Playa Tamarindo is a long, rocky beach, with excellent waves near the mouth of the estuary. Currents can be strong, especially on a falling tide. Tamarindo has two main breaks for advanced surfers: Pico Pequeño a rocky point in front of the Hotel Tamarindo Diriá and the excellent river mouth break across from Cabinas Tsunami called El Estero. The rest of the beach breaks are perfect for learning. The biggest waves can get up to 12 feet, although only during November and December.
Playa Grande beach is also where the Leatherback Turtle comes to lay its eggs. The leatherbacks take over the beach from November to April, digging their nests up to one meter deep, lay their eggs and cover the pit with sand, and return once again to the sea. After 60 to 90 days, the hatchlings emerge and immediately make their way to the water.
There is no road access from the town of Tamarindo to Playa Grande, as the two are separated by the Tamarindo River. However, there are small boats waiting to ferry people across the river at a modest fee. You can walk from the center of Tamarindo to the edge of the river along the wide beach.
There are other eco-friendly activities including watching turtles during their nesting season at night, diving, snorkeling, body surfing, zip-lining, estuary trips, horseback riding and fishing. During the December to April period when the water turbidity is low, fishing may be done from the shore.
The beaches in the area are generally clean and recent efforts by the government and local business organizations are proving themselves. However, the area has become a boon to developers who have cut corners and not installed proper infrastructure including black water treatment.
After leaving the totally off-the-grid experience at Finca Exotica, I was eager for some air conditioning and a hot shower. This lodging experience was booked through AirBnb and Julie was the super-responsive point of contact for this property and it was very affordable. Despite her recommendations to have a rental car, I opted to wait and determine my final interary in the Tamarindo/Guanacaste region. It turns out it was about 5 miles from Tamarindo Beach which would run about $8 each way so I was fiscally reluctant to venture into town at night. During the day the water was a fantastic temperature and I seemed to have missed some great waves by a few days. My first night at J&J, I met these friendly college girls from the UK and after I gave them all my remaining Swagman swag, we had a good laugh. Downtown Tamarindo was very touristy but tolerable and very PG. There was the occasional solicitation for drugs or working girls, but in general you were just beat down until you bought a macaw whistle or wrist bracelet. Once you got that over with you can just let them know – “I got mine already!”. LOL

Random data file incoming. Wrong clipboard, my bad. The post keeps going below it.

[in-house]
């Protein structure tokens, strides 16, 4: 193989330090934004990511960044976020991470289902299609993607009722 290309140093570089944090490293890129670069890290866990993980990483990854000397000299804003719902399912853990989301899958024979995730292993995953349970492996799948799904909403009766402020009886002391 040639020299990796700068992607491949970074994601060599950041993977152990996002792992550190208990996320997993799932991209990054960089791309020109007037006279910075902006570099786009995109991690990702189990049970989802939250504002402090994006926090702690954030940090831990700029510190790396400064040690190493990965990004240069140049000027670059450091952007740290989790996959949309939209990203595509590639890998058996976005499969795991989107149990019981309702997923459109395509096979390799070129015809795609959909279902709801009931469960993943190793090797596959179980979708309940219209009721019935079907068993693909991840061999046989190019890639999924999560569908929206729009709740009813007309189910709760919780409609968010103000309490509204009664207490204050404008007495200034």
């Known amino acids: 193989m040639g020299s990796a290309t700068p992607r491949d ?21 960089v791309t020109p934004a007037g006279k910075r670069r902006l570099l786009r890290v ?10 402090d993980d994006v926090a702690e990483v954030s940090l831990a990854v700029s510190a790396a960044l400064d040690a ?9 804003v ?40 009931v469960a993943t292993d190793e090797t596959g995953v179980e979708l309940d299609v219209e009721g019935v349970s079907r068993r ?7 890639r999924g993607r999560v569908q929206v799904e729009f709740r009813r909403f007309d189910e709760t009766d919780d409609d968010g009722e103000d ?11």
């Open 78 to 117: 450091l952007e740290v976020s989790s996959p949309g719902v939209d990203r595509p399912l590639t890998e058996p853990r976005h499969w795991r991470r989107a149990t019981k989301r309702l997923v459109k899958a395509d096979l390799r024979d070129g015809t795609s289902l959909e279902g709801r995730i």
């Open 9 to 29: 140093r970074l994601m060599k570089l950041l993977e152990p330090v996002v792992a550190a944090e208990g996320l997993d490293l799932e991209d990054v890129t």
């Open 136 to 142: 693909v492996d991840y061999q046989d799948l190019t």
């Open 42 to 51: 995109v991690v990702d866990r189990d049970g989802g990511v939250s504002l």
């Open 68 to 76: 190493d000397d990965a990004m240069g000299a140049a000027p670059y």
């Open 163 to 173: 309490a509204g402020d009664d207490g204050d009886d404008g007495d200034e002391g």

On my second day I rented a poorly maintained bicycle to ride out to the peninsula and that was fun. There are some serious gillion-dollar custom homes being built on the peninsula and mainly by Americans.
On my last day I met this really cool couple who offer scuba tours and surfing photography. They were from Spain but totally earth people and bringing happiness to the world around them. Support your local photographers and please like them on Facebook!